The country’s Blue economy and Green Growth Strategy acknowledges that investing in the following building blocks can increase profits for producers, save money for consumers, and improve the environment: economic efficiency, low carbon development, investing in natural capital and ecosystem services and efficient markets that internalize all social and environmental costs. The Country enacted the climate change Act 2106 and the Fisheries Management and Development Act 2016 already.

With the passing of both the climate change Act 2106 and the Fisheries Management and Development Act 2015 and the subsequent policy frameworks, Kenya has made a statement on her commitment to pursue an economic growth and development model that ensures that natural assets are exploited responsibly.

Additionally, in Kenya, there are a number of laws and bills enacted to promote green growth and blue economies among them the Environmental Management and Coordination (Amendment) Act 2015, Vision 2030, Energy Act 2012 and Green Economic Strategy and Implementation Plan (GESIP) 2016-2030.

Experts note that the Country’s path to the realization of the SDG 12 on responsible consumption and production and promotes the principles of reduce, re-use and recycle and Paris Climate Change Agreement, to which she is a signatory.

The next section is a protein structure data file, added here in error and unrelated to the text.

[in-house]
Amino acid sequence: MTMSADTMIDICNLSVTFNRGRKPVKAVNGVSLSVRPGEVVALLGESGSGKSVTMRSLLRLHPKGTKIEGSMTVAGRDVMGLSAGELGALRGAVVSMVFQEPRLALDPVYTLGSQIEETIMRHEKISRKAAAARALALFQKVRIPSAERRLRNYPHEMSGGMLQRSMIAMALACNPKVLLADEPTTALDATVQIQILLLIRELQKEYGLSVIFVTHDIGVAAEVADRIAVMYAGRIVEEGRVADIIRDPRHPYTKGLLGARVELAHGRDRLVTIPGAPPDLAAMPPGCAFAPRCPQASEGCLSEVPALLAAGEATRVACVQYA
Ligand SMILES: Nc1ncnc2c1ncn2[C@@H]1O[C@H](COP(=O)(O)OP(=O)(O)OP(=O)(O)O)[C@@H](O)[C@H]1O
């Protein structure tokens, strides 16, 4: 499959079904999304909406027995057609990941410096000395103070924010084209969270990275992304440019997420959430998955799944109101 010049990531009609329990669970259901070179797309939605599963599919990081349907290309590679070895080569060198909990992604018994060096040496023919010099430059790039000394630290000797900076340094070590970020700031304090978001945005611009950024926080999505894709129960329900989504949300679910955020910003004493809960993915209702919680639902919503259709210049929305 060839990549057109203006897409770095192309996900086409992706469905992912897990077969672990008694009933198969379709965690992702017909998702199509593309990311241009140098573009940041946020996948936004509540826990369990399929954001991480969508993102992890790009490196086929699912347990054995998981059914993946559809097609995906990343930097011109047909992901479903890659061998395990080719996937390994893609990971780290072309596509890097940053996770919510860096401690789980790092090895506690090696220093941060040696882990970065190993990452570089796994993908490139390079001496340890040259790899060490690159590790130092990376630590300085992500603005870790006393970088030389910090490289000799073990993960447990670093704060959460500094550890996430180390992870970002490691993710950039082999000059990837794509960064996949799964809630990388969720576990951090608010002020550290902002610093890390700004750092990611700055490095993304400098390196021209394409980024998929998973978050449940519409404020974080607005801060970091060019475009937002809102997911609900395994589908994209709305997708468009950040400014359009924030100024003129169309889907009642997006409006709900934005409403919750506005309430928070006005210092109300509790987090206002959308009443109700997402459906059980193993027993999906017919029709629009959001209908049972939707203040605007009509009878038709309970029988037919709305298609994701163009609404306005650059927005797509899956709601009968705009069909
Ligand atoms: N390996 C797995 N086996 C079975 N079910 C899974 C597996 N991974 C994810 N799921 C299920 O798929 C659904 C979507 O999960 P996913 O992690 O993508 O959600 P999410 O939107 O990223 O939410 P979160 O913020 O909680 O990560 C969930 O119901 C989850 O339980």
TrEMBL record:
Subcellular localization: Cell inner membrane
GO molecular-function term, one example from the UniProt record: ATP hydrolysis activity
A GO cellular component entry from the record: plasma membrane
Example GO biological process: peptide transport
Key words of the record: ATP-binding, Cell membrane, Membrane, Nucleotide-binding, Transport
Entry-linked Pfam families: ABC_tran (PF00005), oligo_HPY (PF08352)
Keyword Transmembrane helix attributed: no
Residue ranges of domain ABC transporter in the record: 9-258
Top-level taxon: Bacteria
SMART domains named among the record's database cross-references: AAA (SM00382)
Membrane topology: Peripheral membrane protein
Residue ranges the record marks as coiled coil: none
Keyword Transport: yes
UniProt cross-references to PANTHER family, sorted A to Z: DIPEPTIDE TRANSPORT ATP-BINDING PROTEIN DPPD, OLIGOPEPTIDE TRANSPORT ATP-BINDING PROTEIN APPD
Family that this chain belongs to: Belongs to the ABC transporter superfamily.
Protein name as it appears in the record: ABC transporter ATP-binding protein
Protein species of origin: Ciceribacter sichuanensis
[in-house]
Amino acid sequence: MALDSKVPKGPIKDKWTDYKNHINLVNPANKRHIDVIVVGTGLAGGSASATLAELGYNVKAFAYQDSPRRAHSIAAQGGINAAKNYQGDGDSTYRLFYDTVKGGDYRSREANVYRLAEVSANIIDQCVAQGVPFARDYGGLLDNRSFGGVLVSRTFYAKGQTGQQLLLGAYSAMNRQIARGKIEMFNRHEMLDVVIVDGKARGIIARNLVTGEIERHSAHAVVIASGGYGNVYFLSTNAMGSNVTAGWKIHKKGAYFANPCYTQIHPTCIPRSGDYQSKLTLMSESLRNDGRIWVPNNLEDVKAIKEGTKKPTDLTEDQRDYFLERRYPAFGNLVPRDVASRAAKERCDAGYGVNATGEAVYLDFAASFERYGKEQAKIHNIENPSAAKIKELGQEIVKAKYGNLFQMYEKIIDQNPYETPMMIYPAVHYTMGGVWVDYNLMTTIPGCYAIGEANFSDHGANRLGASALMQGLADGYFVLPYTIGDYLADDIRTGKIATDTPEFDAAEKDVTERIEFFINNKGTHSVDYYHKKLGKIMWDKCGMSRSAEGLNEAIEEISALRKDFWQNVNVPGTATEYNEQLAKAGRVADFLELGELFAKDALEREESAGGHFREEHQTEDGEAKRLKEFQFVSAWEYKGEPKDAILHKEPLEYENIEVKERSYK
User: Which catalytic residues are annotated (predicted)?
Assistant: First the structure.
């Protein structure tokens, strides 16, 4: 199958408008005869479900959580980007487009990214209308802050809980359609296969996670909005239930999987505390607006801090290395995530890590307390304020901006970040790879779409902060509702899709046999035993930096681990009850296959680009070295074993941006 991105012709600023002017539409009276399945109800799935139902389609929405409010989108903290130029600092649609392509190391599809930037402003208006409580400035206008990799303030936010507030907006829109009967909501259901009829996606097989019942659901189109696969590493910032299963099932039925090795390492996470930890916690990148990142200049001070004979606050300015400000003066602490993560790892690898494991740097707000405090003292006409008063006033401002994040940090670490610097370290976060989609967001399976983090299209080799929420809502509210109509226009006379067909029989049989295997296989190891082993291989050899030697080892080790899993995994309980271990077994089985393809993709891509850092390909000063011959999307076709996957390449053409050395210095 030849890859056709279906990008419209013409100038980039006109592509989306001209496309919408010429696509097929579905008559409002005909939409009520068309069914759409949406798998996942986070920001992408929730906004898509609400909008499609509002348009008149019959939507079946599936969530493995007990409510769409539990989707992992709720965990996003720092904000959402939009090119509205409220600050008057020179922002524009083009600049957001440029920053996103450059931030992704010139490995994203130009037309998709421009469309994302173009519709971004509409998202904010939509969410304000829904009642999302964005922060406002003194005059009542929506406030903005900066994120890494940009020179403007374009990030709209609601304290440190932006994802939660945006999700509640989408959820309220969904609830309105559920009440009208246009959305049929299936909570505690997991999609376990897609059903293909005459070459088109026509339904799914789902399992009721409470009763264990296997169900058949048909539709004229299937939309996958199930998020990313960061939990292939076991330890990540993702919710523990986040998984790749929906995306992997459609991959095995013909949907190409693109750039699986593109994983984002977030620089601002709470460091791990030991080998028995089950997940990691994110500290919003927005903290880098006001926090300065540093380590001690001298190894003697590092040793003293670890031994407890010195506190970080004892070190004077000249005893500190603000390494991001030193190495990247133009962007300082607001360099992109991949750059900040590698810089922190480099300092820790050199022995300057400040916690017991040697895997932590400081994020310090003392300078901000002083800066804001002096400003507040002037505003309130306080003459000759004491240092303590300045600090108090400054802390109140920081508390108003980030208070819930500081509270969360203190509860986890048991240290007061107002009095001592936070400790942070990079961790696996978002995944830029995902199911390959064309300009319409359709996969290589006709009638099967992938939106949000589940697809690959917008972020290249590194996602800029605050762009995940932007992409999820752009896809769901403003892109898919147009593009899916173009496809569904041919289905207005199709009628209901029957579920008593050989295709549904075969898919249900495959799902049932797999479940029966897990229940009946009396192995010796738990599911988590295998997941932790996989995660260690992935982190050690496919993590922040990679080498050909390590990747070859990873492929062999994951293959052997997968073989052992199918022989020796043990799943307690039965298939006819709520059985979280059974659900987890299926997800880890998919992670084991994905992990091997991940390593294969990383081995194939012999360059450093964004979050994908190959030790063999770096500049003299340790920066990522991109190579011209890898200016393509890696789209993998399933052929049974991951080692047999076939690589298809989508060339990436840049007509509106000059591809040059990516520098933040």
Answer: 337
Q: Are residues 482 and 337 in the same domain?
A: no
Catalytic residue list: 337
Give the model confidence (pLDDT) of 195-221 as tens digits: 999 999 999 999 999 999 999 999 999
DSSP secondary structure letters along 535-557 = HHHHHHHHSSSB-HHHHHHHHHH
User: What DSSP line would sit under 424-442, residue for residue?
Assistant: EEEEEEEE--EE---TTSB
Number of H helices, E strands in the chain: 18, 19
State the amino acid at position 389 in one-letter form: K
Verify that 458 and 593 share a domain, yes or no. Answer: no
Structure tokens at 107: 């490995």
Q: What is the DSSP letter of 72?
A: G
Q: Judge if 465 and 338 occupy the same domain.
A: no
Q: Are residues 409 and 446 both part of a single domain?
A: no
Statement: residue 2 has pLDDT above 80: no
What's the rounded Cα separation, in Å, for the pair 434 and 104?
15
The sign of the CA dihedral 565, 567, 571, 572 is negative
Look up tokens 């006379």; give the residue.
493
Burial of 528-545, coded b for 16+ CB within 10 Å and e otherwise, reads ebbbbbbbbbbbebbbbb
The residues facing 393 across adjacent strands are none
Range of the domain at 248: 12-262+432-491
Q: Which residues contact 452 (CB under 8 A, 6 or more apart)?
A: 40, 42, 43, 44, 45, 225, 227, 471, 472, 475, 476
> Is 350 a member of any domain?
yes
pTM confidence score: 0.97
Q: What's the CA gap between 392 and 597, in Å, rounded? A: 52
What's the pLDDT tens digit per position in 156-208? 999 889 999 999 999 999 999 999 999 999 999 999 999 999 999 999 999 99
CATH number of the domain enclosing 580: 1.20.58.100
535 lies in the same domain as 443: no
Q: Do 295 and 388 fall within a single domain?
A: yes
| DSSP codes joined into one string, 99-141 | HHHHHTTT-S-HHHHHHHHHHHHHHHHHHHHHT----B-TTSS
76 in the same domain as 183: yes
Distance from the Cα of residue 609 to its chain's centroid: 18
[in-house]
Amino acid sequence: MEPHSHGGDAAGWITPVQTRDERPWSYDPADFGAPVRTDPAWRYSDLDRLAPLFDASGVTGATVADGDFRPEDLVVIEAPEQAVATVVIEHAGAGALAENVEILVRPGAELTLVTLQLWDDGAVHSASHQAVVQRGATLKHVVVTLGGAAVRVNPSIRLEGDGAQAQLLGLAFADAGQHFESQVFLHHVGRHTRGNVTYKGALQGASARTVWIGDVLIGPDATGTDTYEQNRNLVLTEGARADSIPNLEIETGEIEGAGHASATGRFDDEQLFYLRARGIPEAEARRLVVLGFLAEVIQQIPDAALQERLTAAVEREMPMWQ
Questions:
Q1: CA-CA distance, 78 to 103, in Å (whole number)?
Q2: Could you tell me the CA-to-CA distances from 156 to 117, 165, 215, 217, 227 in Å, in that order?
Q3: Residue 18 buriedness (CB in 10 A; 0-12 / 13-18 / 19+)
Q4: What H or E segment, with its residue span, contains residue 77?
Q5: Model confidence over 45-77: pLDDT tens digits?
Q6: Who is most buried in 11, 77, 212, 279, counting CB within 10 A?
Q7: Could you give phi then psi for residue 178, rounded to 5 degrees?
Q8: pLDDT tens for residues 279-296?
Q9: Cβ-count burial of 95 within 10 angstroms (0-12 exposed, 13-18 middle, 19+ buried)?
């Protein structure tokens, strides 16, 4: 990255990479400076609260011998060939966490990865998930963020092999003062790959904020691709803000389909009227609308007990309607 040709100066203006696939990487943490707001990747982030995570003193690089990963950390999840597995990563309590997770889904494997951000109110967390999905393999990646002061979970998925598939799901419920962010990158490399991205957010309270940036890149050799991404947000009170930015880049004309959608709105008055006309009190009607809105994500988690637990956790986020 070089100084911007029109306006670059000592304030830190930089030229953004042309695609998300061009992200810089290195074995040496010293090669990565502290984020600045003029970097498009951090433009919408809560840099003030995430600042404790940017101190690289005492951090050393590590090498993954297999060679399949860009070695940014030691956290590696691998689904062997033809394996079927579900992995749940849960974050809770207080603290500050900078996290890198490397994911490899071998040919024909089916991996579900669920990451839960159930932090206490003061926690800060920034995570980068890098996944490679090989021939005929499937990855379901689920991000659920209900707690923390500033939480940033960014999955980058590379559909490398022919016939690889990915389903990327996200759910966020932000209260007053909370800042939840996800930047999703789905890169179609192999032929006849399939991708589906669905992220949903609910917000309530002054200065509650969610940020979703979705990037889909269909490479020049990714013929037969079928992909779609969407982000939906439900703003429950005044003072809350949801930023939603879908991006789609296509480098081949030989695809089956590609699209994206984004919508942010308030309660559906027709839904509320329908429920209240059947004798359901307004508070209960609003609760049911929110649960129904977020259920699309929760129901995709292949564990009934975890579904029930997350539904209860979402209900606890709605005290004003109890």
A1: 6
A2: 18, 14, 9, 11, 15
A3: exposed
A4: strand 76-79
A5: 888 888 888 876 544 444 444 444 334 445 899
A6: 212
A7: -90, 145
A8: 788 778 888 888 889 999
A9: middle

However, fears are being raised - if poorly managed, the investments on the natural resources potentially have a damaging effect on natural resources hindering sustainable economic growth and human development in the Kenya, putting at risk the critical services provided to humans by these natural resources.

The Country hosted a global conference in November 2018 on the Blue Economy in Nairobi as a way of showing commitment to the SDG No 12. Many recommendations were made during the conference but little seems to be happening in terms of follow ups.

Even with the Government creating the Coast Guards and Marine force expected to be patrolling our water borders to ensure proper uses of the marine resources, the pollution especially through plastics and water bottles thrown along the Coastal areas and rampant cutting of the mangroves, I fear for the ecosystem.